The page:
New Year paintings, all year round

By Chen Nan ( China Daily ) Updated: 2012-08-22 10:26:59

New Year paintings, all year round

Lu Caiyan, a folk art master and woodblock New Year painter, shows off her creations at her workshop in Wuqiang county, Hebei province. Wang Jing / China Daily

Lu Caiyan, 57, lives in the village of Zhouwo, Wuqiang county, Hebei province, a four-hour drive from downtown Beijing. She has a dark complexion, plump figure and speaks with a strong local accent, but what makes her special is her skill making nianhua, or New Year paintings.

As Lu carves a woodblock her fingers twist to portray a tractor driver from the 1970s, a popular image at the time when grassroots workers were lauded for their labor.

Lu's carved blocks are covered in thick oil paint rather than the usual printer's ink, and the image is built up by adding many applications of rich, often contrasting colors. The final result often resembles a textured painting more than a print.

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From choosing woodblocks to brushing the colors, each step determines the quality of nianhua, Lu says.

Lu is a third-generation New Year painter. When she was a kid, she loved staring at the paintings in her home, which were made by her father and grandfather. Nianhua are used for blessings and ringing in the Chinese Lunar New Year.

They originated from the paintings of ancient door gods and are believed to repel evil when posted on a home's door. At the same time, the paintings can decorate the house, bringing happiness and joy to the family.

"There was no entertainment then and watching those paintings was my biggest source of fun. Each painting contains a story, either fairy tales or real stories passed down from older generations," she says.

When she was 7, she asked her father to teach her how to make nianhua but was turned down because his father told her "all the artisans are men". However, she drew pictures of everything she saw, from the narrow path in front of her house to farmland scenes.

"I learned fast and soon I could finish a painting by myself," she says. "I could spend hours on nianhua without feeling bored. I was so obsessed."

In 1975, Lu became a painter at a painting factory in Wuqiang county and started designing her original nianhua. In 1988, her nianhua work, Best Wishes, featuring a boy and a girl riding on lions, was reproduced more than 1 million times by Xinhua Publishing House.

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Her contributions to the art of woodcuts are highly original and she was awarded the title of folk art master in Hebei province in 2006.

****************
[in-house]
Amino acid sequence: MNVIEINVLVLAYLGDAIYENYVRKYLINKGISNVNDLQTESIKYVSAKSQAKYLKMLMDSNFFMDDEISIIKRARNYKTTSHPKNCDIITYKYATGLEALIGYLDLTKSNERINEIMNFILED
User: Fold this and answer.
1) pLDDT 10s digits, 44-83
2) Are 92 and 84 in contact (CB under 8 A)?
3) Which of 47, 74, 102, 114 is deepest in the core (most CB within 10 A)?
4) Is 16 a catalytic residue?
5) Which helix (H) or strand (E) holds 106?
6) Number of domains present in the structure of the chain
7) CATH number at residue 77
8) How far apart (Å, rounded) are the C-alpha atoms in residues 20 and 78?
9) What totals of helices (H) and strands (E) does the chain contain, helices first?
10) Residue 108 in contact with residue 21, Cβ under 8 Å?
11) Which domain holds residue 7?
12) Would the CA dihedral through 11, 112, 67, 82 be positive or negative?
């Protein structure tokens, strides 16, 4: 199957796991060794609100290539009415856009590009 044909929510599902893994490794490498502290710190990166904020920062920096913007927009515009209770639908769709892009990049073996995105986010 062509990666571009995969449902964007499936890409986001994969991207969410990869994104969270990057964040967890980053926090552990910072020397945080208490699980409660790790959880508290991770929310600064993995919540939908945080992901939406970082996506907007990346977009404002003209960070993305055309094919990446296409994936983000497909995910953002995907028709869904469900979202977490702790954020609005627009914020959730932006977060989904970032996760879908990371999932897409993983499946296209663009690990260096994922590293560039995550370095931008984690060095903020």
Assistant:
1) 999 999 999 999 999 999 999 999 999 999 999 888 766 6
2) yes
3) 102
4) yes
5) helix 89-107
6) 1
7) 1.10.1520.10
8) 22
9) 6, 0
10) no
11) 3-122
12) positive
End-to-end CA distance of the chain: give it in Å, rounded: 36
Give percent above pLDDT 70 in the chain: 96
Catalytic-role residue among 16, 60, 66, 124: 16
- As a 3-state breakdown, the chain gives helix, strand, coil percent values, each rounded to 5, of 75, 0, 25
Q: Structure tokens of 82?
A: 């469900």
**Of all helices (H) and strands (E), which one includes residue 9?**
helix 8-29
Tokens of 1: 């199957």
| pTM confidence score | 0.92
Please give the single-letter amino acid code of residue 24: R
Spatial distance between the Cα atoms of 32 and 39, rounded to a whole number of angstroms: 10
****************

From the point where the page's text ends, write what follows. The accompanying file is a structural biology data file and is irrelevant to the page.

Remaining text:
Though the craft, like other forms of traditional culture, is fading in the modern world, Lu carries on her father's career and has taught her son, Liu Fei, to pass on the skill of making nianhua.

"You cannot make a living by making nianhua today," says Liu, 30, who works as an art teacher at a middle school. "But I won't let it die in my hands."

According to Wang Yupeng, director of Nianhua Museum in Wuqiang county, the first museum in China focusing on nianhua, nearly 100 original nianhua works from Lu's family have been collected by the museum.

Wang says the art form was first created during the reign of Emperor Yongle (1403-24) of the Ming Dynasty. By the time of emperors Kangxi and Jiaqing (1662-1820) in the Qing Dynasty, the New Year paintings of Wuqiang county were famous. At that time, there were nearly 1,000 factories and workshops with more than 10,000 employees producing various kinds of New Year paintings.

The highest annual yield was more than 100 million paintings, accounting for about one-third of the total sales of New Year paintings in China then, which is why Wuqiang is known as the "home of New Year paintings". In 1993, Wuqiang county was named by the Ministry of Culture as "the home of woodblock New Year paintings".

"Looking at Chinese prints today, you might not realize what a commercial world they derived from. Their formal elegance, poetic beauty and technical refinement suggest a more serene, creative environment," Wang says.

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